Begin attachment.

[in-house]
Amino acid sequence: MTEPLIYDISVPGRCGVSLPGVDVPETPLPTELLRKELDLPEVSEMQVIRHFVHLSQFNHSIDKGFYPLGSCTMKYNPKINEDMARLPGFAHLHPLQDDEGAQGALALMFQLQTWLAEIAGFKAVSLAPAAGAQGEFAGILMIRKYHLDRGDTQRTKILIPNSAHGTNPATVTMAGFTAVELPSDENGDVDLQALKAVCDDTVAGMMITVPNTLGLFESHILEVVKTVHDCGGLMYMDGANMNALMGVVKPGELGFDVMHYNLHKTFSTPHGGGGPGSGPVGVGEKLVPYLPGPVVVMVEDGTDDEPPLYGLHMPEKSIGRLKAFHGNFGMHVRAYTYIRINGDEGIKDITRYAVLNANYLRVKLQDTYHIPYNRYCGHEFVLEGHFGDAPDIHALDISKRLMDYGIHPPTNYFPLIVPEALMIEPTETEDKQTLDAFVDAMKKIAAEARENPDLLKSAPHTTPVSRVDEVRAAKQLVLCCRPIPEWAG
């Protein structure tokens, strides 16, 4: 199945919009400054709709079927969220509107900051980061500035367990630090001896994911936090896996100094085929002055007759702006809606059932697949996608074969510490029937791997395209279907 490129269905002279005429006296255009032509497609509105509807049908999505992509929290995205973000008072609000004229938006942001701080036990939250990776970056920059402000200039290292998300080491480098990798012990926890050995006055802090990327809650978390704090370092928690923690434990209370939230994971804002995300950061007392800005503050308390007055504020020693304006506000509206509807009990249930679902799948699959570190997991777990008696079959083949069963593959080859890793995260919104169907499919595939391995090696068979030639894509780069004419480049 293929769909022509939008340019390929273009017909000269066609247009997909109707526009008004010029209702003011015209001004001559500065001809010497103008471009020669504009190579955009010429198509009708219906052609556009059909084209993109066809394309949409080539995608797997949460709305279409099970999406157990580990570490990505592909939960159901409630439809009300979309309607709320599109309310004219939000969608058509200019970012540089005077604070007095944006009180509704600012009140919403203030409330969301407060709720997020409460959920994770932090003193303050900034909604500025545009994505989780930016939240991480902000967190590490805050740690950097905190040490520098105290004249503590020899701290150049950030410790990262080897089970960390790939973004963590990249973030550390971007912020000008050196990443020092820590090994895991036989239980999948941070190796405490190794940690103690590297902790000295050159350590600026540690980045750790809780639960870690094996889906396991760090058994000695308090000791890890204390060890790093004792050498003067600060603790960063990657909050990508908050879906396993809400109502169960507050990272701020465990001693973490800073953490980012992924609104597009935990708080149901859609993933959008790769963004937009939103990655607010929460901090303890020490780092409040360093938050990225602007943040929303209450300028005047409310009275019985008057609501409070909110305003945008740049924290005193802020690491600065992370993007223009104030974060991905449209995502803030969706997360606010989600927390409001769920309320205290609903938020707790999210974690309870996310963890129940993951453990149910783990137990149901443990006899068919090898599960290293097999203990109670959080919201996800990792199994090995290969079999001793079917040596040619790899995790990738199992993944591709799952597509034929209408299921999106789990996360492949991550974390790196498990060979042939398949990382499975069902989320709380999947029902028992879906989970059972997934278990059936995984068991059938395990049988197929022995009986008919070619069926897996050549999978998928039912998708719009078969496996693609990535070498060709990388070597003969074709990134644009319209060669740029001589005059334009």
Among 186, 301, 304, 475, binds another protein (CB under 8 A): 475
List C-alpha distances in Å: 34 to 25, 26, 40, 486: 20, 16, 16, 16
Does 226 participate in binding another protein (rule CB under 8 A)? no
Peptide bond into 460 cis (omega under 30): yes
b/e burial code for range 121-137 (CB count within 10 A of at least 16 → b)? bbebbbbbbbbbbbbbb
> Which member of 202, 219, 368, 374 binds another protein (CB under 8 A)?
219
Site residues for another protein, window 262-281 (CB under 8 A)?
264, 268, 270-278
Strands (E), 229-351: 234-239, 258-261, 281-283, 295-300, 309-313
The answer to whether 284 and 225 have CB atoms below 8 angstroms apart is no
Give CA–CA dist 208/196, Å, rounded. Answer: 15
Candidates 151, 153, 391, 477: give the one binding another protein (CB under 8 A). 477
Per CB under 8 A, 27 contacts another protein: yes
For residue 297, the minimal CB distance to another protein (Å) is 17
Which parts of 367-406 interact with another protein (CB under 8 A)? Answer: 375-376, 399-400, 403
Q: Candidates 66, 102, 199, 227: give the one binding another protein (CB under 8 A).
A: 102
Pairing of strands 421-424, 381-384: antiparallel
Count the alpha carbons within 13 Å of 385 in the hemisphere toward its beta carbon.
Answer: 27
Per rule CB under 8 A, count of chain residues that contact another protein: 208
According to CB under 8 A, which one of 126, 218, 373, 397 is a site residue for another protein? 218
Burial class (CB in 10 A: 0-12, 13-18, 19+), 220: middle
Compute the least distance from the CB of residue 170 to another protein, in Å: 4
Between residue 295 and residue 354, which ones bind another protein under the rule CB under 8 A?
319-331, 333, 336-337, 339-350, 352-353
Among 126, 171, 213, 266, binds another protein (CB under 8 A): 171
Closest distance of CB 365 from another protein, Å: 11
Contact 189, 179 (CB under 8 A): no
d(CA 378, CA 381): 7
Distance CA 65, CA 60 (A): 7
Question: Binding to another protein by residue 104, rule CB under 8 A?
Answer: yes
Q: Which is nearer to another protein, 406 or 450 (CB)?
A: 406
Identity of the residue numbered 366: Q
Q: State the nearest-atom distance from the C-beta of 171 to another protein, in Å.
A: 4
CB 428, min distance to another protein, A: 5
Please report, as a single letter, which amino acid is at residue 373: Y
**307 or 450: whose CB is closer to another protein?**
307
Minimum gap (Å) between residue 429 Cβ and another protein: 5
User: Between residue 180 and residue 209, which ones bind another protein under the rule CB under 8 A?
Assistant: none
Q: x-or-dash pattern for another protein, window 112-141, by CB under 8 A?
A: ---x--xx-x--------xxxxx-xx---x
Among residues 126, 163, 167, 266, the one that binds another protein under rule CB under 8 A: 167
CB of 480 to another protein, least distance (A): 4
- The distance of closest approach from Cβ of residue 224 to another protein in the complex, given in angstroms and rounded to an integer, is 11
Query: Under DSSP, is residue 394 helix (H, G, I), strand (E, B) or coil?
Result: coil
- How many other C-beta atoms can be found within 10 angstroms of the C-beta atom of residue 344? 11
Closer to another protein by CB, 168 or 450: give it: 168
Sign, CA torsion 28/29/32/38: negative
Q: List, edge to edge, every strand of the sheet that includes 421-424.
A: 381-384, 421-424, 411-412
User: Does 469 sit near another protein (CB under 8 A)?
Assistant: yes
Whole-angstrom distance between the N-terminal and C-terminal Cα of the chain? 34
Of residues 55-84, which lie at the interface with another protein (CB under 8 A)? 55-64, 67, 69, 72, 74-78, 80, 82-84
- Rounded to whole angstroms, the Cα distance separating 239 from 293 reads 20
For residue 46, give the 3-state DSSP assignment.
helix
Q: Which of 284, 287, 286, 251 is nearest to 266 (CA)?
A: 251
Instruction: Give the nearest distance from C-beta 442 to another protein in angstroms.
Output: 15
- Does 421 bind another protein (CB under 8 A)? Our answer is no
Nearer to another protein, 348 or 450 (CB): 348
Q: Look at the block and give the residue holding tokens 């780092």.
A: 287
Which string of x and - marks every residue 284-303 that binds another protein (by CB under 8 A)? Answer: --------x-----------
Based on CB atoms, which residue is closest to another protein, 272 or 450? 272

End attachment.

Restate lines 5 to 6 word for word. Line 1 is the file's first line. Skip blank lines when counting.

List C-alpha distances in Å: 34 to 25, 26, 40, 486: 20, 16, 16, 16
Does 226 participate in binding another protein (rule CB under 8 A)? no